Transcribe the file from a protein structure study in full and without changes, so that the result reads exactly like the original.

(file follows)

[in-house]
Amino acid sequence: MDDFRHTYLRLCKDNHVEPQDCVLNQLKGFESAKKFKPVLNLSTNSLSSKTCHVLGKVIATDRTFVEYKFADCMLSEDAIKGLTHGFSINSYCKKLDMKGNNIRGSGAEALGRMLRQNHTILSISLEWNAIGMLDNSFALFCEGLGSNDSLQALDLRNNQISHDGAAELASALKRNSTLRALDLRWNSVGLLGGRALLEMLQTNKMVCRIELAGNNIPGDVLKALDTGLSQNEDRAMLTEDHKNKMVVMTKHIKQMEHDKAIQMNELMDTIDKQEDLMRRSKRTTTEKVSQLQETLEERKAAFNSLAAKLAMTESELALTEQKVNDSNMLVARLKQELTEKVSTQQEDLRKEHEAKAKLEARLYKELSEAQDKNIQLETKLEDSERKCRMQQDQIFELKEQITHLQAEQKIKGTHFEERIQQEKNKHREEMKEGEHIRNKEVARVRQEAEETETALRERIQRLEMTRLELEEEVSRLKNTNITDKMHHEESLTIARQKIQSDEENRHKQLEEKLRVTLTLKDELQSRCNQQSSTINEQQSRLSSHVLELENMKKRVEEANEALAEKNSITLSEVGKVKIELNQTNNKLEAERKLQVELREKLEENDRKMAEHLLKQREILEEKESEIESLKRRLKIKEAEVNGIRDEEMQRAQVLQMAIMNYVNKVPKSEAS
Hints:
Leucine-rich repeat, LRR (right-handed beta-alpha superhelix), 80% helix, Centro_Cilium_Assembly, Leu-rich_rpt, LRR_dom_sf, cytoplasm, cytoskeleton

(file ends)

[in-house]
Amino acid sequence: MDDFRHTYLRLCKDNHVEPQDCVLNQLKGFESAKKFKPVLNLSTNSLSSKTCHVLGKVIATDRTFVEYKFADCMLSEDAIKGLTHGFSINSYCKKLDMKGNNIRGSGAEALGRMLRQNHTILSISLEWNAIGMLDNSFALFCEGLGSNDSLQALDLRNNQISHDGAAELASALKRNSTLRALDLRWNSVGLLGGRALLEMLQTNKMVCRIELAGNNIPGDVLKALDTGLSQNEDRAMLTEDHKNKMVVMTKHIKQMEHDKAIQMNELMDTIDKQEDLMRRSKRTTTEKVSQLQETLEERKAAFNSLAAKLAMTESELALTEQKVNDSNMLVARLKQELTEKVSTQQEDLRKEHEAKAKLEARLYKELSEAQDKNIQLETKLEDSERKCRMQQDQIFELKEQITHLQAEQKIKGTHFEERIQQEKNKHREEMKEGEHIRNKEVARVRQEAEETETALRERIQRLEMTRLELEEEVSRLKNTNITDKMHHEESLTIARQKIQSDEENRHKQLEEKLRVTLTLKDELQSRCNQQSSTINEQQSRLSSHVLELENMKKRVEEANEALAEKNSITLSEVGKVKIELNQTNNKLEAERKLQVELREKLEENDRKMAEHLLKQREILEEKESEIESLKRRLKIKEAEVNGIRDEEMQRAQVLQMAIMNYVNKVPKSEAS
Hints:
Leucine-rich repeat, LRR (right-handed beta-alpha superhelix), 80% helix, Centro_Cilium_Assembly, Leu-rich_rpt, LRR_dom_sf, cytoplasm, cytoskeleton